Book Review / Girl Scouts: A Celebration of 100 Trailblazing Years
Betty Christiansen and The Girl Scouts of the USA

This year marks the 100th anniversary of the Girl Scouts founding, and the confidence-building, cookie-selling organization has released a coffee table book to celebrate the occasion. With an introduction written by Michelle Obama (all the First Ladies since Edith Wilson have served as the group’s Honorary National President), the book chronicles the history of the Girl Scouts’ from its founding in 1911 by Juliette Gordon Low to the present. Seeing the program evolve and adapt to each new decade is quite interesting; the Girl Scouts were dedicated to the social programs of the 30s and the war effort of the early 40s. They embraced the women’s and environmental movements of the 60s and 70s and the technological advancements of the 90s. Despite the changing times, the Scouts remained devoted to provide all girls with leadership opportunities and real life experience—all girls. Committed to total inclusivity, early brochures were printed in Polish, Yiddish, and Italian to encourage immigrants to join, troops were created specifically for physically disabled girls, and the Scouts were integrated 40 years before the Civil Rights movement: Martin Luther King, Jr. referred to them as a “force for desegregation.” (Christiansen does not address a stance on gay or transgendered members, but the organization does have an official non-discrimination policy in place.) Besides a comprehensive history, the book is filled with photos of Scouts throughout the years and other fun facts. This lighthearted look at the Girl Scouts is bound to invoke nostalgia and pride in former members and make you crave some delicious Thin Mint cookies.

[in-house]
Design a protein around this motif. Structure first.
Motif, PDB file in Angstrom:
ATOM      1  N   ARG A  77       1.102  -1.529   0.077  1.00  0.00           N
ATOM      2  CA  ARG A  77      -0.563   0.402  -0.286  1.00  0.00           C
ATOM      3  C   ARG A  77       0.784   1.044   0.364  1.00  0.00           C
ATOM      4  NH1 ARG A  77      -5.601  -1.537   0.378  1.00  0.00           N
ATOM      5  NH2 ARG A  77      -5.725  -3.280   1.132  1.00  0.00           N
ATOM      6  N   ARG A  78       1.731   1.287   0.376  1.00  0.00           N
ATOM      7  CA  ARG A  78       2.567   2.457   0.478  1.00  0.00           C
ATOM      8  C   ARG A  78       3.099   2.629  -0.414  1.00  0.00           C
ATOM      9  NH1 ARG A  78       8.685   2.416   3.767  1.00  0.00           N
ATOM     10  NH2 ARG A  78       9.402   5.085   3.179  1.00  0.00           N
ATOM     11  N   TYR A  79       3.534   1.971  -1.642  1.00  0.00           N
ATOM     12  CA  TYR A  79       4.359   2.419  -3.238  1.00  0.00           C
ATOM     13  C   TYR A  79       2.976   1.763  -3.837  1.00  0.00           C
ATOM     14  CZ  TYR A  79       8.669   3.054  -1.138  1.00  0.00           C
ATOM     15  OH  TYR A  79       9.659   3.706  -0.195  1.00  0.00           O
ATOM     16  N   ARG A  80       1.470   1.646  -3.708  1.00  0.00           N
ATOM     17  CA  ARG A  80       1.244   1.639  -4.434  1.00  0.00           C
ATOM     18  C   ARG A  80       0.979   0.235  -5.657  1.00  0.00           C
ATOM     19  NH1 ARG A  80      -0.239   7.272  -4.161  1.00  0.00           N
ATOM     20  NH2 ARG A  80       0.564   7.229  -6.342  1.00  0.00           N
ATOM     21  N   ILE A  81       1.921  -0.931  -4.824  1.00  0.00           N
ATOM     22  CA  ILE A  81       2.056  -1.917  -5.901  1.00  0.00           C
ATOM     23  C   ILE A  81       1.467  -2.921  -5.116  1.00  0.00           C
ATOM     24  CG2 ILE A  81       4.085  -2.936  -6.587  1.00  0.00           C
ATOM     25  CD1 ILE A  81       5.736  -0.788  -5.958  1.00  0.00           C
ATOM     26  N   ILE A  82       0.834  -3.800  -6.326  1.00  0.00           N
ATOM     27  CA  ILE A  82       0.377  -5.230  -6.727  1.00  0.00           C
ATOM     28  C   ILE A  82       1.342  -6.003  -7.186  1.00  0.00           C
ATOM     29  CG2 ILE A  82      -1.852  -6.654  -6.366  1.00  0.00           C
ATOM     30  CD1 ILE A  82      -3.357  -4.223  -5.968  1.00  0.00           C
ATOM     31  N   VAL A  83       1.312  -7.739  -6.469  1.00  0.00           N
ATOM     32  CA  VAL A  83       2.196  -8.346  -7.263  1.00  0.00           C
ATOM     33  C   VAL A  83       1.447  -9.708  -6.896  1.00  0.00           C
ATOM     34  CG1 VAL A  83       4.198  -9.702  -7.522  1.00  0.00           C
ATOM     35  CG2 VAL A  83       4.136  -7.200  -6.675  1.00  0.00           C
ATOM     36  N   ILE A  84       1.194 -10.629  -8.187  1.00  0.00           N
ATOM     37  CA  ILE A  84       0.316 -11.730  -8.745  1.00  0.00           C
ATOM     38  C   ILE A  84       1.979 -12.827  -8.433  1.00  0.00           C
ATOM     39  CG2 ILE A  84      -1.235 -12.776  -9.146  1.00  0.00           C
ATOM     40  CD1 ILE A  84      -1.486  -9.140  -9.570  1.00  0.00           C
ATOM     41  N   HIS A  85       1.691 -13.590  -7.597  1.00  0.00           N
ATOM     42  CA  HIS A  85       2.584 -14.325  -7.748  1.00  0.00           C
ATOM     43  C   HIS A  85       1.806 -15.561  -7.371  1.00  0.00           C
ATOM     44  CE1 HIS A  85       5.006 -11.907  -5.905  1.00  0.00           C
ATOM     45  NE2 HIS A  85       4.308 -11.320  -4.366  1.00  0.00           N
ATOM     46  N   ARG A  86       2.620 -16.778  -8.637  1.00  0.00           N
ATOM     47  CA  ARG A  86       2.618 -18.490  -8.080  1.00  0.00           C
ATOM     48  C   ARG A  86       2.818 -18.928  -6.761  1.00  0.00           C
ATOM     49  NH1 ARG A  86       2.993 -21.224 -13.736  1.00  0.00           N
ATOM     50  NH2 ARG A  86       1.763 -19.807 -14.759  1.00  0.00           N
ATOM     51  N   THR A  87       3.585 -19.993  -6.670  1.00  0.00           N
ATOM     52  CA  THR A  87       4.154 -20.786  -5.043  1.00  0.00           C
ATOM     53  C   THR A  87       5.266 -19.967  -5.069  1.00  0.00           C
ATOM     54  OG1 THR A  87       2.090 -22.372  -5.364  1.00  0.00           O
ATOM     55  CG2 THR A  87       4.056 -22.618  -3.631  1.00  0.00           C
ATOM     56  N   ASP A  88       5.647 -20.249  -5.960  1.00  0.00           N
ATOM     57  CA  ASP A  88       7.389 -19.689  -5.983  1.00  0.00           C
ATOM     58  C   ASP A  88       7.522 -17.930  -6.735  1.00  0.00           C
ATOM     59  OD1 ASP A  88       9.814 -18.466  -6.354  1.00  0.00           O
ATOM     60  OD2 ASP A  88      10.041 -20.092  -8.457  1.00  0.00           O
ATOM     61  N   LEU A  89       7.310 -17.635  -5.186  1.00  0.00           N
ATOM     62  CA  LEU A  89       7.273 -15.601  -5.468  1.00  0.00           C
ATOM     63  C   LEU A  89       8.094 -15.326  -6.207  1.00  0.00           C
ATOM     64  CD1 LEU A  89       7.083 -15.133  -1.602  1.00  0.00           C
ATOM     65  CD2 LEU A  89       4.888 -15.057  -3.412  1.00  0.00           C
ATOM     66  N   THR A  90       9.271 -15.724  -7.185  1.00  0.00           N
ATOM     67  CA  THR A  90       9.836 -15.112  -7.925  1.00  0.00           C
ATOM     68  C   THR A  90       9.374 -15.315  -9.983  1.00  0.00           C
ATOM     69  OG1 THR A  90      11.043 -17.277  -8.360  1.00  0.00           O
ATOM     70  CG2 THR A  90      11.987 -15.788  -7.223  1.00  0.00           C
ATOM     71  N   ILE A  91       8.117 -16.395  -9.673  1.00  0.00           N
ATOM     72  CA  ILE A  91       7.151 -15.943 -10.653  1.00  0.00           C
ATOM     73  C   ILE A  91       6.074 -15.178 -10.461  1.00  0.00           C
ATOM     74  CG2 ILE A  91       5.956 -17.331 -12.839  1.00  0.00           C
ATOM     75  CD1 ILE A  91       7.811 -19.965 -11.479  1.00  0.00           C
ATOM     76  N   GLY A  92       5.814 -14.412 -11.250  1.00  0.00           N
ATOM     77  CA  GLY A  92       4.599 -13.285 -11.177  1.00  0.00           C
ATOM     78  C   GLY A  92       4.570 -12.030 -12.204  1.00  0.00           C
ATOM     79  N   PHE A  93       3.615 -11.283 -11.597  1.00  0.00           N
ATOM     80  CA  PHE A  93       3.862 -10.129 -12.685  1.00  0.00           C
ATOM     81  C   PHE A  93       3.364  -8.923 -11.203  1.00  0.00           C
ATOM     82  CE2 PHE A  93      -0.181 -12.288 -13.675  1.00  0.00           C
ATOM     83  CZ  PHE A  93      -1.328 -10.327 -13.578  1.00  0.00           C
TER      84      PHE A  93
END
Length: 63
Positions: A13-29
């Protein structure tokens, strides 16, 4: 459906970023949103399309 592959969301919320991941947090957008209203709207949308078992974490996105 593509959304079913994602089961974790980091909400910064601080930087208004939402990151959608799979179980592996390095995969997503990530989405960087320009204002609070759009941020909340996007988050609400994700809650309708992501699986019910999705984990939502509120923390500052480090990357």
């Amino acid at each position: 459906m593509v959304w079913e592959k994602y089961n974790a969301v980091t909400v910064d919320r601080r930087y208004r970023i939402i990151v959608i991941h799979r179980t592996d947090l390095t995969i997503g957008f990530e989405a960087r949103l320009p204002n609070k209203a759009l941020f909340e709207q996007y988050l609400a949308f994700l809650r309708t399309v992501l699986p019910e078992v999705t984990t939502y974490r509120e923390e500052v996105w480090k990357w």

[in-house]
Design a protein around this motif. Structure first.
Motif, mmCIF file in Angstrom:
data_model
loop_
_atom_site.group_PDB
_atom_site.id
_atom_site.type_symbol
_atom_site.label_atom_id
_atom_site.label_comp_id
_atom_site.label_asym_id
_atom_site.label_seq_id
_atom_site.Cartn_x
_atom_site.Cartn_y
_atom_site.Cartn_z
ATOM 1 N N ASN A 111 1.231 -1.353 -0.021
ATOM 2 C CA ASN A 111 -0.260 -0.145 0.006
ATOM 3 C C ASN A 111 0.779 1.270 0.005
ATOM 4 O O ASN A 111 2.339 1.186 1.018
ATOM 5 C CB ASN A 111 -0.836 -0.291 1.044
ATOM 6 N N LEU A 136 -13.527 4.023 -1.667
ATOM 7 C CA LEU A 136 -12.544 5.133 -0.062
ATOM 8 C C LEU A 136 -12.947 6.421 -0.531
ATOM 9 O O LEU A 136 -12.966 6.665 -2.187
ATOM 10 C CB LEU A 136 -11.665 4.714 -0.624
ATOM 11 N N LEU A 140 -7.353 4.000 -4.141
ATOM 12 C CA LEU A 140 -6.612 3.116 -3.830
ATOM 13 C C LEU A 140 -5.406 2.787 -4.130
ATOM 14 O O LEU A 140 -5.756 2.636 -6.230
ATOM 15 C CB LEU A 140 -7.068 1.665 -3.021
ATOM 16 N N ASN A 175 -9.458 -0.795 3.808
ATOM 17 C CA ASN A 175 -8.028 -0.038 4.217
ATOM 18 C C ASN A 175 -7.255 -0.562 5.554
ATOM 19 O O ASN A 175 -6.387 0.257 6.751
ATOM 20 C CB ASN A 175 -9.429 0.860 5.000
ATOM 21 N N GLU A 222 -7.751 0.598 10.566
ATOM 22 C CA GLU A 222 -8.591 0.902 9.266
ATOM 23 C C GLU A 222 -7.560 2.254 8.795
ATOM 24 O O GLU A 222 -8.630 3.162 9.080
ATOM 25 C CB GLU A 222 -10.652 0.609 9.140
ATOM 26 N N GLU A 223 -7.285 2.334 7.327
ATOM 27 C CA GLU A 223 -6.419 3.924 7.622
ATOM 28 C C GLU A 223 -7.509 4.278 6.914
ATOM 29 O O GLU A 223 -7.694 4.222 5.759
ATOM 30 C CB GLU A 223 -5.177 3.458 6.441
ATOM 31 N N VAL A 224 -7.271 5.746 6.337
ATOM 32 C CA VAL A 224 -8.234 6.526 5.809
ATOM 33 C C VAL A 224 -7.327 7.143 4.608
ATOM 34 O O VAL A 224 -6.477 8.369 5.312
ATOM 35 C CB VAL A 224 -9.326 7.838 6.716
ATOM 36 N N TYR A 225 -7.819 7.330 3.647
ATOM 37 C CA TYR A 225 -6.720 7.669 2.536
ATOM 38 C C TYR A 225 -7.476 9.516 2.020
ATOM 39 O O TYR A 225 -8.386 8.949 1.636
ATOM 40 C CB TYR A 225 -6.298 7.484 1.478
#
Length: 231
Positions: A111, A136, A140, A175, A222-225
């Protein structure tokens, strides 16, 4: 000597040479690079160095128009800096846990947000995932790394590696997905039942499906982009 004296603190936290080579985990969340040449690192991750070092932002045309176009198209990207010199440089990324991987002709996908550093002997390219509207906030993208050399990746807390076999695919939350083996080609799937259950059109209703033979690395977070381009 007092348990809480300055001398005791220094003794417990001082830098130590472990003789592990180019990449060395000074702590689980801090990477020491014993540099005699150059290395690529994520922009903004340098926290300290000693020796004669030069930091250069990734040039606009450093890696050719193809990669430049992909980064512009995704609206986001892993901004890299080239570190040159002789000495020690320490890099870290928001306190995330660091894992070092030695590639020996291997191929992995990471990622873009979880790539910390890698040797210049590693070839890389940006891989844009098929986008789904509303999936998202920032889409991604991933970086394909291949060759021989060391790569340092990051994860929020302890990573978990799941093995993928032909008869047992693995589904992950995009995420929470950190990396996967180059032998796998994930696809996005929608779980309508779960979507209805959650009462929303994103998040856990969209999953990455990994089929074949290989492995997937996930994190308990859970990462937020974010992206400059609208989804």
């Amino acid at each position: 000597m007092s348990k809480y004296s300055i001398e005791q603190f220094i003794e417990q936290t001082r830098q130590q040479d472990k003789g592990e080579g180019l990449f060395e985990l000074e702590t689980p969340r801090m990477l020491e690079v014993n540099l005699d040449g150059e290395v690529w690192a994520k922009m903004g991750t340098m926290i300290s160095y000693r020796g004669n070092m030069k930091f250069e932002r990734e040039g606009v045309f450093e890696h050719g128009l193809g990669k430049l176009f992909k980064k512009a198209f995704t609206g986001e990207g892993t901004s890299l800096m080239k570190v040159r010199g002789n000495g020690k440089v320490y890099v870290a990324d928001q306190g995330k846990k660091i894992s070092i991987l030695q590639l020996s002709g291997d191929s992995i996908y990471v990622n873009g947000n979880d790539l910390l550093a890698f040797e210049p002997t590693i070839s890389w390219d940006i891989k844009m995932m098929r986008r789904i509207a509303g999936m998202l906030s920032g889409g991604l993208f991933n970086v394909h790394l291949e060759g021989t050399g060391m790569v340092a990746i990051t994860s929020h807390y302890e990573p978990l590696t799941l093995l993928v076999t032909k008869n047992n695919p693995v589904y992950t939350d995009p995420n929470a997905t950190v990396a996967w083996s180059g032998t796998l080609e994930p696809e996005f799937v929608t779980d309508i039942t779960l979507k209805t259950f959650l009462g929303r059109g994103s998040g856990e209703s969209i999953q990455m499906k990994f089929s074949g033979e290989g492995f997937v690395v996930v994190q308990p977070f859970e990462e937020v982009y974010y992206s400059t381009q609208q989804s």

Labell, Molly. "Girl Scouts: A Celebration of 100 Trailblazing Years." BUST Magazine Feb. 2012: 80. Print